(The following commentary was originally published in the Sept. 2 Detroit News.)

Detroiters are on the cusp of voting for mayor, and they may call for a changing of the guard. Regardless of the outcome, the winner must recognize that his victory brings with it a sobering challenge. Detroit’s decline has been reported since 1961, when Time magazine printed a full-page story on the subject, and the downward spiral has only accelerated, with Detroit now ranked as the poorest big city in the United States, according to figures released Tuesday by the U.S. Census Bureau.

The next mayor must make fundamental changes to Detroit’s economic landscape. Appalling public services, sky-high tax burdens and suffocating business regulations have chased people, entrepreneurial talent and financial capital away from the Motor City for five decades. It would not be a stretch to say that several Detroit mayors were the best economic development officers Oakland County ever had.

The following are five recommendations for returning prosperity to the city of Detroit.

  1. Accelerate reductions in the city income tax. Add no new or higher taxes to the already sky-high tax burden. The city of Detroit maintains an excessive tax burden that weighs on citizens and job providers alike. According to a study prepared by the Washington, D.C., Finance Department, Detroit was the eighth highest-taxed city in the country for a family of four making $50,000 in 2003.

  2. Contract city services to competitive private firms with proven track records. The city should conduct a "Yellow Pages" review of the services it provides — that is, it should ask, If you can find it in the Yellow Pages, should city government really be doing it? Whenever private companies can perform a particular activity, the city should either stop producing it or provide it through competitive bidding.

    Between 1991 and 1998, Indianapolis saved more than $550 million by applying this Yellow Pages test to more than 75 city services. The research literature on privatization shows that with adequate guidelines, private contracting can be effective and avoid cronyism.

  3. Dramatically downsize the city bureaucracy, now one of the largest per capita in the Midwest. The use of private contractors should allow the city to decrease its bureaucracy substantially. Through fiscal 2005, the city of Detroit maintained a complement of about 18,600 employees, yielding a resident-per-city-employee ratio of just over 48-to-1. By contrast, Indianapolis maintains a ratio of about 203-to-1. Detroit’s poverty makes this gap inexcusable.

  4. Sell assets, such as underused buildings and equipment, and employ these one-time revenues for debt reduction and financing unfunded retiree health care obligations. The city of Detroit is sitting on a mountain of untapped assets. For example, the city could sell its electricity generating department to the highest bidder. It could also sell its bus fleet and contract the operation of its bus system to a private firm. It may even be able to sell its water department, which the Mackinac Center for Public Policy estimated in 2001 could fetch more than $1.7 billion.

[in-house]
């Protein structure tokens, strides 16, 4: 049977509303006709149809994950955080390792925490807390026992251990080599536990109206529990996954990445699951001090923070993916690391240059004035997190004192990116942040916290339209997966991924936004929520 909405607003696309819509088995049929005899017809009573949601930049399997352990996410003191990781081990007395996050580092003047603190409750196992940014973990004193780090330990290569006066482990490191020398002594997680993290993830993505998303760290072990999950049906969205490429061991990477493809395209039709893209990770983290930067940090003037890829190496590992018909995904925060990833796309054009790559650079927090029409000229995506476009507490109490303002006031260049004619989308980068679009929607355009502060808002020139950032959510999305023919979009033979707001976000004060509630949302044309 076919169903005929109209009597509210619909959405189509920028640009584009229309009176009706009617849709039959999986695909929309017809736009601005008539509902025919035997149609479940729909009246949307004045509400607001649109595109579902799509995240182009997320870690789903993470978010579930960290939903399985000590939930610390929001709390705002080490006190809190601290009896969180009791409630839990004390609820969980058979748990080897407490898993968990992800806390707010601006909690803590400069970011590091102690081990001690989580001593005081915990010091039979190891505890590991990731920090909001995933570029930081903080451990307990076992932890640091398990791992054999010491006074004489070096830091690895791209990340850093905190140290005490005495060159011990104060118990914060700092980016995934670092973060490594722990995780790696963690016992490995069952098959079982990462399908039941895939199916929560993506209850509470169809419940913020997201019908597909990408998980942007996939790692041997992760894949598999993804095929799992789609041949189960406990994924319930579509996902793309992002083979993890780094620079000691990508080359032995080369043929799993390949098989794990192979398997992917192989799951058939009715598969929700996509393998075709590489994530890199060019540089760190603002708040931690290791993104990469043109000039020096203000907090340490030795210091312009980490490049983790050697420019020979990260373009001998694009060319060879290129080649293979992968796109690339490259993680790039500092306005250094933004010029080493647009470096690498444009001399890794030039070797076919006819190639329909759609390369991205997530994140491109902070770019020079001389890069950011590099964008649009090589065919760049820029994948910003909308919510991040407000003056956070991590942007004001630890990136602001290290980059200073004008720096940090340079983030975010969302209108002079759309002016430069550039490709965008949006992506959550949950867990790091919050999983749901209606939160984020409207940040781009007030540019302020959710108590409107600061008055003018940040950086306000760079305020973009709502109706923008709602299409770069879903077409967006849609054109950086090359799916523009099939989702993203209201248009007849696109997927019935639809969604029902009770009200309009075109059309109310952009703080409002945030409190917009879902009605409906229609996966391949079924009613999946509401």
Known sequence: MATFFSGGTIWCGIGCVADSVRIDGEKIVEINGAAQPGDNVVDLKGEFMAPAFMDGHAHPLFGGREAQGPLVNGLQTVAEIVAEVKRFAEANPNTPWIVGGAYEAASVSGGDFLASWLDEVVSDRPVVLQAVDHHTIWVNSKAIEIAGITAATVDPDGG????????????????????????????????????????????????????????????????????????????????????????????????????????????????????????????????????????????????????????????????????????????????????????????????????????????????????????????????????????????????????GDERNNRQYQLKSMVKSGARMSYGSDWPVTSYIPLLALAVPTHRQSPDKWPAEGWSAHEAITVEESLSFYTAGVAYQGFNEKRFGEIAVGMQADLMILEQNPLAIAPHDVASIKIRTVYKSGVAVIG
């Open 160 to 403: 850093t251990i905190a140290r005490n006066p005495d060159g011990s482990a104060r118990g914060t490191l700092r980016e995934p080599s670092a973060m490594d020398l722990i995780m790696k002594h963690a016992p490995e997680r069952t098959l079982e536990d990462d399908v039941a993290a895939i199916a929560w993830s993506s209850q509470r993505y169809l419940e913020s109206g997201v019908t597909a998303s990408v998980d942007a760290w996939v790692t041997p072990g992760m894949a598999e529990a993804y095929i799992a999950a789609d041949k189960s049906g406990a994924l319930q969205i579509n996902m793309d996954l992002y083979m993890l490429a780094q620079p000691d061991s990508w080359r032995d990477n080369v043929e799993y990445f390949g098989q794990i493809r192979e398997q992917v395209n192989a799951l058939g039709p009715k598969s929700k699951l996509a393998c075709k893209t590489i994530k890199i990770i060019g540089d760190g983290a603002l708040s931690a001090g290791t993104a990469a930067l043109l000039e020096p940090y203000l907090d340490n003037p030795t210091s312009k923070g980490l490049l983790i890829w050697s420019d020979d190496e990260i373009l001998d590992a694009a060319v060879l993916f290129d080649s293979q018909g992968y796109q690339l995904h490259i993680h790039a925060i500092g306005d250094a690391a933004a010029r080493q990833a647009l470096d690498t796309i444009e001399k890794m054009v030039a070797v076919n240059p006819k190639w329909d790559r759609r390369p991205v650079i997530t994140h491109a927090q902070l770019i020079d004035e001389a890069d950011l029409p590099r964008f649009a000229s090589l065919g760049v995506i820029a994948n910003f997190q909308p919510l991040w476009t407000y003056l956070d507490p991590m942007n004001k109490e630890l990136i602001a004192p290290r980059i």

5. Reduce the regulatory burden on city businesses to a level similar to comparable cities. The city of Detroit operates a Byzantine maze of regulations that blanket nearly every facet of private enterprise. For instance, movie theaters in Detroit must submit to an annual city building inspection. This is in addition to a fire inspection, and this regulation is only one of many that add both time and cost to a Detroit theater’s business operation.

    The city of Indianapolis, by contrast, requires no annual building inspections for theaters and has a generally milder regulatory regime. Not coincidentally, Indianapolis, with a population of only 784,000, is served by 17 theatres with more than 160 screens. Detroit is a city of 900,000 and is served by only two theatres with 16 screens.

There is more the next mayor can do to help the city, of course. He should focus Detroit’s resources on fighting crime, for instance, and he should tell Detroit’s families that their children matter by welcoming philanthropist Bob Thompson’s proposed investment of $200 million in charter schools for Detroit.

But the five steps outlined above would help reverse the "Decline in Detroit" that Time magazine described in 1961. They would change the city’s fundamental economic climate, rather than hoping once again for economic development from high-profile building projects like the Renaissance Center, which was sold in the 1990s at a fraction of its original value.

Real reform can’t be postponed. If Detroit’s decline persists and the city’s financial problems continue, the state may be forced to appoint an "emergency financial manager" to run the city under Public Act 72 — an ignominious end for the mayor and Detroit itself.

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Michael D. LaFaive is director of fiscal policy for the Mackinac Center for Public Policy, a research and educational institute headquartered in Midland, Mich. Permission to reprint in whole or in part is hereby granted, provided that the author and the Center are properly cited.